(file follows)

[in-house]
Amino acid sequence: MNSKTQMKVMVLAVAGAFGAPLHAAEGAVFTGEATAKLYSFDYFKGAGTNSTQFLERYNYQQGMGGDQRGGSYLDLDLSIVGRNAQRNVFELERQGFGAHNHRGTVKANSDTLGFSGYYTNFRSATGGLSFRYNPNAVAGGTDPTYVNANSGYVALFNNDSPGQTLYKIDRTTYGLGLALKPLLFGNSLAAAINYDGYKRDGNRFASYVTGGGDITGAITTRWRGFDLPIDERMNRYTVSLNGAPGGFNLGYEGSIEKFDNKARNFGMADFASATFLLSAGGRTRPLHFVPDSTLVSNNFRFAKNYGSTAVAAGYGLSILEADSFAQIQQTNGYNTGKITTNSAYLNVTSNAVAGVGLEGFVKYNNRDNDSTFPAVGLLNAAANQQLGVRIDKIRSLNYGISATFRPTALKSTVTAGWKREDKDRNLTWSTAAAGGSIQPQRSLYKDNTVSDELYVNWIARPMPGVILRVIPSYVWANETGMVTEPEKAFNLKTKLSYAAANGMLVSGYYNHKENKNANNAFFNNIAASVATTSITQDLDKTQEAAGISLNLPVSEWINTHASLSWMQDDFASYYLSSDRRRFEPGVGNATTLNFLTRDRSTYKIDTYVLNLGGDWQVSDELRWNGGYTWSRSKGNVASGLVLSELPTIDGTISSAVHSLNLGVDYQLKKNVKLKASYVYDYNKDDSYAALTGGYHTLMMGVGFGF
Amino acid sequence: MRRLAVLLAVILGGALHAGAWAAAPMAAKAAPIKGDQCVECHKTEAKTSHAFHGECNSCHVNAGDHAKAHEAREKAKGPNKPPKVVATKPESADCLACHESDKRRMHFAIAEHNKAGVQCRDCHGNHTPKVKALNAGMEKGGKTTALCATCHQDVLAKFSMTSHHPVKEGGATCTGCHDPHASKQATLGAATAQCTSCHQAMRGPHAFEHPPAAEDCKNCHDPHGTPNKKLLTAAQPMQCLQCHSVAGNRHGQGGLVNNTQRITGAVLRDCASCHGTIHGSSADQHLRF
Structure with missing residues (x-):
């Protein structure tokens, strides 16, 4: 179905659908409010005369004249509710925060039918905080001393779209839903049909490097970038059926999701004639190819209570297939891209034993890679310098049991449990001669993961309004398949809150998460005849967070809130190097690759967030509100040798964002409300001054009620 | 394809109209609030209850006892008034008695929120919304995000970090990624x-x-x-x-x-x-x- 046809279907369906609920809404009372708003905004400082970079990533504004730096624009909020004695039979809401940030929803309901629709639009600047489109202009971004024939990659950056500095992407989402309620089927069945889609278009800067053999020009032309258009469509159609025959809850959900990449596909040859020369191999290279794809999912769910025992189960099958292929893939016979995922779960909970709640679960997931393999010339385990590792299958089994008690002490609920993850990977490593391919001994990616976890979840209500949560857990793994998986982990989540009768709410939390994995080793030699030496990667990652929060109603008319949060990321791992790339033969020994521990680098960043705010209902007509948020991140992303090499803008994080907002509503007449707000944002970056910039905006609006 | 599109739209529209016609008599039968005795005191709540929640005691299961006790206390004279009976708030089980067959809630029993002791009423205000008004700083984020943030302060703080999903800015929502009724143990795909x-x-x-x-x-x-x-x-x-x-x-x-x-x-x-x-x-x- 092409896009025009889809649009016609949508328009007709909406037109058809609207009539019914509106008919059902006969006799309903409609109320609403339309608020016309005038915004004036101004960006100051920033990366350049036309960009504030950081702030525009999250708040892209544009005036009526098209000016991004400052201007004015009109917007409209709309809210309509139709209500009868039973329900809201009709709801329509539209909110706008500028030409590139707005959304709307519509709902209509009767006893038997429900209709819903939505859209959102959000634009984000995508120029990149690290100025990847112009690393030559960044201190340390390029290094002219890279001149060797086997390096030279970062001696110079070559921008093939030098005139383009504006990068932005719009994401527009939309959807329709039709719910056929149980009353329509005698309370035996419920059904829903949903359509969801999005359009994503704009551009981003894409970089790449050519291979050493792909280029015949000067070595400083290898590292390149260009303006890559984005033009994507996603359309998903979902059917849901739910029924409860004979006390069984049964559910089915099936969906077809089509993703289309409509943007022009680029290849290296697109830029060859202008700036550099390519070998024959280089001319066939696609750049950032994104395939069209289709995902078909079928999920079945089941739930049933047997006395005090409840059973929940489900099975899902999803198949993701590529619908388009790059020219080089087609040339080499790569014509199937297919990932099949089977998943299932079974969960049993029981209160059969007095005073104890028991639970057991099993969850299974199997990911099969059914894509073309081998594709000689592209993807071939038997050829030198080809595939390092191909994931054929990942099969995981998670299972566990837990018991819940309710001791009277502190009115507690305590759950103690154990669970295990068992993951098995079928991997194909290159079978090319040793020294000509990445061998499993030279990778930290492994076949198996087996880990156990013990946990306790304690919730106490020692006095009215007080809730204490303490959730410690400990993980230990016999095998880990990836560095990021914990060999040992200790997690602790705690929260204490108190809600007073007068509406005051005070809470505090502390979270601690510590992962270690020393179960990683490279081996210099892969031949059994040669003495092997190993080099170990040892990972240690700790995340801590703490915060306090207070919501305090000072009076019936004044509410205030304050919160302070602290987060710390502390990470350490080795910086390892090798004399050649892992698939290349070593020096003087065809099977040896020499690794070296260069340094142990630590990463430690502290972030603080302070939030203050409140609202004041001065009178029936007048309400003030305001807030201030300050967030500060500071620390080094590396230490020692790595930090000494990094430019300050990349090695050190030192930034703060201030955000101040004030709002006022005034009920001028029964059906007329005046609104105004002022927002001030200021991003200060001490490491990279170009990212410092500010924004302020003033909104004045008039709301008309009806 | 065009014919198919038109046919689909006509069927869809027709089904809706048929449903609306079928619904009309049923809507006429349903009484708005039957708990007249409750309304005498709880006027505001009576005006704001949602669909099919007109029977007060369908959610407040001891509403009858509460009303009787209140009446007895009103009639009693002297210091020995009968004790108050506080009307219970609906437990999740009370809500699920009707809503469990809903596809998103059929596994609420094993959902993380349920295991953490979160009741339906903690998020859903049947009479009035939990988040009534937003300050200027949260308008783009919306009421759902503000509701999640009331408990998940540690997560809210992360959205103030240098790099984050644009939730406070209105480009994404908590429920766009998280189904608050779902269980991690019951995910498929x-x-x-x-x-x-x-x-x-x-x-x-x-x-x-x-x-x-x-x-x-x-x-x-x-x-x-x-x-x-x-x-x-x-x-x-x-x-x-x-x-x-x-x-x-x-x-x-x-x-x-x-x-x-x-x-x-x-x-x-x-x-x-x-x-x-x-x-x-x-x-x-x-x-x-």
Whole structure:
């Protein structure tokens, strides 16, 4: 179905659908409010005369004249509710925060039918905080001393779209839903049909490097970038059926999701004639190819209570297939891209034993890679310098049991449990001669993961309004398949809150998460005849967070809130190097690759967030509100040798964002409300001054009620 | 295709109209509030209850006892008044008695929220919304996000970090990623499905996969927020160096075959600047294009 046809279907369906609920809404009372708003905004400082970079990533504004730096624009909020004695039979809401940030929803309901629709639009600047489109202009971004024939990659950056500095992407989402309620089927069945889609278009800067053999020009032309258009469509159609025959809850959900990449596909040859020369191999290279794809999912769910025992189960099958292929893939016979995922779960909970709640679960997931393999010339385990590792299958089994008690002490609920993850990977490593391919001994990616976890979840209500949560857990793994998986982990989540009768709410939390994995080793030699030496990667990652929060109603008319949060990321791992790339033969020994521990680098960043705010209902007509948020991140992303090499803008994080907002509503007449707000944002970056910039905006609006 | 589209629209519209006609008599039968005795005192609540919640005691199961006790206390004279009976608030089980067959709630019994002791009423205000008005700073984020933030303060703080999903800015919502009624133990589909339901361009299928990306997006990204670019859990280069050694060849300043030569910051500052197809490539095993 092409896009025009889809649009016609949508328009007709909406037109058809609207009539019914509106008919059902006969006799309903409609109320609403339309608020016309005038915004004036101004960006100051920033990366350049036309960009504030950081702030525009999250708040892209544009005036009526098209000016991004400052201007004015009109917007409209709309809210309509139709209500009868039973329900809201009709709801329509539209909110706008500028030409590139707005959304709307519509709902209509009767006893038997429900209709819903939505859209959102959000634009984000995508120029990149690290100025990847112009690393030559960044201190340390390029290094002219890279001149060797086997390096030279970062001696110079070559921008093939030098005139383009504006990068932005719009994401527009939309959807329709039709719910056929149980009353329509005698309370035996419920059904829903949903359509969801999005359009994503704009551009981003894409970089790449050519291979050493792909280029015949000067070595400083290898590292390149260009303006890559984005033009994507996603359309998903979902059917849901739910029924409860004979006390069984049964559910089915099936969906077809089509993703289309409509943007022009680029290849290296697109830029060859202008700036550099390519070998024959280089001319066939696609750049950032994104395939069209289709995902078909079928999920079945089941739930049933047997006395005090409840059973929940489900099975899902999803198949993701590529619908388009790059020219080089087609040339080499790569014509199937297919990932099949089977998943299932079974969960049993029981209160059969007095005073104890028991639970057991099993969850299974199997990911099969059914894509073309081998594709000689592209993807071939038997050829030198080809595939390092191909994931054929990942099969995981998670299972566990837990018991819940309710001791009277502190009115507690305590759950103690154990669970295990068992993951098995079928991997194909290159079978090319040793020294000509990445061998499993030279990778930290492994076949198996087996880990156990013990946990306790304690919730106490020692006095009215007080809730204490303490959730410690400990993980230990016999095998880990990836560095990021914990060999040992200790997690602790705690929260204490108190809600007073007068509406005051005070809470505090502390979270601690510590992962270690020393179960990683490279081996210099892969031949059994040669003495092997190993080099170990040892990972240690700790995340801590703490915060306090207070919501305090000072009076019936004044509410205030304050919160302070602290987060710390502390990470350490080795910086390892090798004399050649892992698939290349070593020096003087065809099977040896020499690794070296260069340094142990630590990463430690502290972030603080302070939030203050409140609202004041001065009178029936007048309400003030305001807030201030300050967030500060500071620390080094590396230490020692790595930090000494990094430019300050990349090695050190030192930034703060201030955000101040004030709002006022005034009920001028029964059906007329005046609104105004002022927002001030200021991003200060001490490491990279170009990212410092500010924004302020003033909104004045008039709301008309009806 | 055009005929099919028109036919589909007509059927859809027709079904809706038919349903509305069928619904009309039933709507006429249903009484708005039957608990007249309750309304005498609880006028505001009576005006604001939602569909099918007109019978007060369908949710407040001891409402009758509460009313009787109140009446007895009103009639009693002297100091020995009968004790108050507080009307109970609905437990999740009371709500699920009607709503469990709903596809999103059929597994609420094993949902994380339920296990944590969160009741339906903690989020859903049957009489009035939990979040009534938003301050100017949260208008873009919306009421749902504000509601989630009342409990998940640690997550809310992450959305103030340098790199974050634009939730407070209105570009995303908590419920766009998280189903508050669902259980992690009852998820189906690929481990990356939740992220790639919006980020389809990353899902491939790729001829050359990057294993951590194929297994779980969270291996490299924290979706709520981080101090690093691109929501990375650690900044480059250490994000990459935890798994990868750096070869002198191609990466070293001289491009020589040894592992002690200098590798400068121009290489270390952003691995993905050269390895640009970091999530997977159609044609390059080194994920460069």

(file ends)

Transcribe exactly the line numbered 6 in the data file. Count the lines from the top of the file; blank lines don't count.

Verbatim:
Whole structure: